Designing Discussion as Inquiry
This past Tuesday, the Illinois Democracy Schools Network continued with its C.L.A.D. (Civic Learning Across Disciplines) webinar series. Dr. Paula McAvoy, Associate Professor of Social Studies Education at North Carolina State University, presented “Designing Discussion as Inquiry” where she considered the place of both deliberation and debate in the classroom. This is the subject of some of her current research and is especially significant for teachers who are trying to navigate the many facets of Current and Controversial Issue Discussions.
Her presentation began with an exploration of “what makes a good class discussion?”, as participants generated a list of positive traits for this type of activity. She then shared a brief clip of a class discussion, and attendees applied the criteria they had just generated. From this exchange, Dr. McAvoy then introduced a graphic that posited the key elements of discussion–(1) the role of the teacher (interactive lecture on one end of the continuum, and student “oversharing”at the other) and (2) the amount of conflict present in the discussion (too much at one end, and too little at the other.) This gave the participants some food for thought as Dr. McAvoy then examined two different discussion styles: deliberation and discussion.
Several resources were offered by participants, the Democracy Schools Advisory Council and Mary Ellen Daneels, Director of Illinois Civics Hub and Illinois Democracy Schools:
- The Guardians of Democracy offers a 5-week course in Current and Controversial Issue Discussion where Dr. McAvoy, along with Dr. Diana Hess, are featured academic experts. Further details here.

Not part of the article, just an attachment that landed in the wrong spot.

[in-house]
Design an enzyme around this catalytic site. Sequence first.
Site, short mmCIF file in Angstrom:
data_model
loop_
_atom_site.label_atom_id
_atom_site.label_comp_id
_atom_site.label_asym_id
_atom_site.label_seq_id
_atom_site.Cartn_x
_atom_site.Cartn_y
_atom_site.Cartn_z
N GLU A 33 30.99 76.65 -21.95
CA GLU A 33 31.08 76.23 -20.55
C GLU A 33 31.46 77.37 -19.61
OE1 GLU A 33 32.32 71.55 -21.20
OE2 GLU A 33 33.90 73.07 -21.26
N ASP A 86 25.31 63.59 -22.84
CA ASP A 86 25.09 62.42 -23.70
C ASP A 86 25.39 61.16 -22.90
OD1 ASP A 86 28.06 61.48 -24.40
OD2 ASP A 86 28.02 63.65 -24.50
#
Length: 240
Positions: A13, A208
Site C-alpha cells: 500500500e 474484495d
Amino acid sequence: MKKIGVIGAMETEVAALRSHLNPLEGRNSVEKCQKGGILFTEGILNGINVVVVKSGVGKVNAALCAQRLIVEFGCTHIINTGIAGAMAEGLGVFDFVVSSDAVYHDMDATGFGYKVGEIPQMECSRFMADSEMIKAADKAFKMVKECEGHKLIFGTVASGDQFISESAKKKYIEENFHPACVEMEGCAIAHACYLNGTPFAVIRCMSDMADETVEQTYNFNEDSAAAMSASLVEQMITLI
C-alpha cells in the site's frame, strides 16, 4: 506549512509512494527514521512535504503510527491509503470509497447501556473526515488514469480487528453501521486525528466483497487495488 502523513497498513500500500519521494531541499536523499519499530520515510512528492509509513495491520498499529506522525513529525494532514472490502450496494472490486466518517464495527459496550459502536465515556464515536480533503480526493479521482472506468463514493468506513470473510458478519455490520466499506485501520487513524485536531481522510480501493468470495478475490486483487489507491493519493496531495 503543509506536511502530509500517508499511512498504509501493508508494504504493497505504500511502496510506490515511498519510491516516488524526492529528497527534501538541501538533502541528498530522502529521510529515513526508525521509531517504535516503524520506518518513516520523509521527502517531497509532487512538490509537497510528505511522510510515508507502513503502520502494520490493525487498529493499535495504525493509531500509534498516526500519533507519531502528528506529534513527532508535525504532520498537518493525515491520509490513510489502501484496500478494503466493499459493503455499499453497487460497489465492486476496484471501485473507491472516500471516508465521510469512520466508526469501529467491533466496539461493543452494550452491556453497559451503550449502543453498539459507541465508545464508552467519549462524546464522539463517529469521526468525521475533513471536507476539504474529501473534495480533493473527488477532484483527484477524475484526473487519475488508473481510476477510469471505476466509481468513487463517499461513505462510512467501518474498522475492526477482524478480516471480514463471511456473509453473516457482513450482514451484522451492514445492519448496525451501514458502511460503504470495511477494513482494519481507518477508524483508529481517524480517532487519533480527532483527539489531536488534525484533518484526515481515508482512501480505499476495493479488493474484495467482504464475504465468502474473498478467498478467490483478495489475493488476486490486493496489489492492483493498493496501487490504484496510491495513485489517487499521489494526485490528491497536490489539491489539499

- A comprehensive toolkit for discussion of current and controversial issues from the Illinois Civics Hub.
- Digital Resource Center from the Center for News Literacy has lots of resources and lesson plans for teachers looking to incorporate news literacy in their classrooms which can help facilitate discussions on current issues and events.
- Heather Van Benthuysen from CPS and Erica Hodgin from CERG are the authors of a blog post at the Teaching Channel, ‘Move Over Debate, It’s Time to Deliberate.”
- “Rethinking the Both Sides Reflex” by Dr. Bonnie Laughlin-Schultz explores the question of whether presenting both sides of an issue is always the best path towards objectivity and better news habits.
If you missed the webinar, you can access a recording on the Illinois Democracy Schools Network Webinar archive. And if you are interested in reading more about current and controversial issue discussion, Dr. McAvoy’s book (co-authored with Dr. Diana Hess), The Political Classroom digs deeply into this pedagogy. And look for another book referenced in the presentation to be published in January 2022: Making Classroom Discussions Work, edited by Dr. Jane Lo.
The Illinois Civics Hub and the Illinois Democracy Schools Network are hosting free after-school PD this year from many of the organizations highlighted above, including the News Literacy Project, the Stanford History Education Group, and the Civic Education Research Group. A description for each webinar and information to register for professional development credits through the DuPage Regional Office of Education is available on the Illinois Civics Hub Professional Development Calendar.
The Illinois Civics Hub also has a newsletter that shares our free PD that is open to all. You can subscribe here!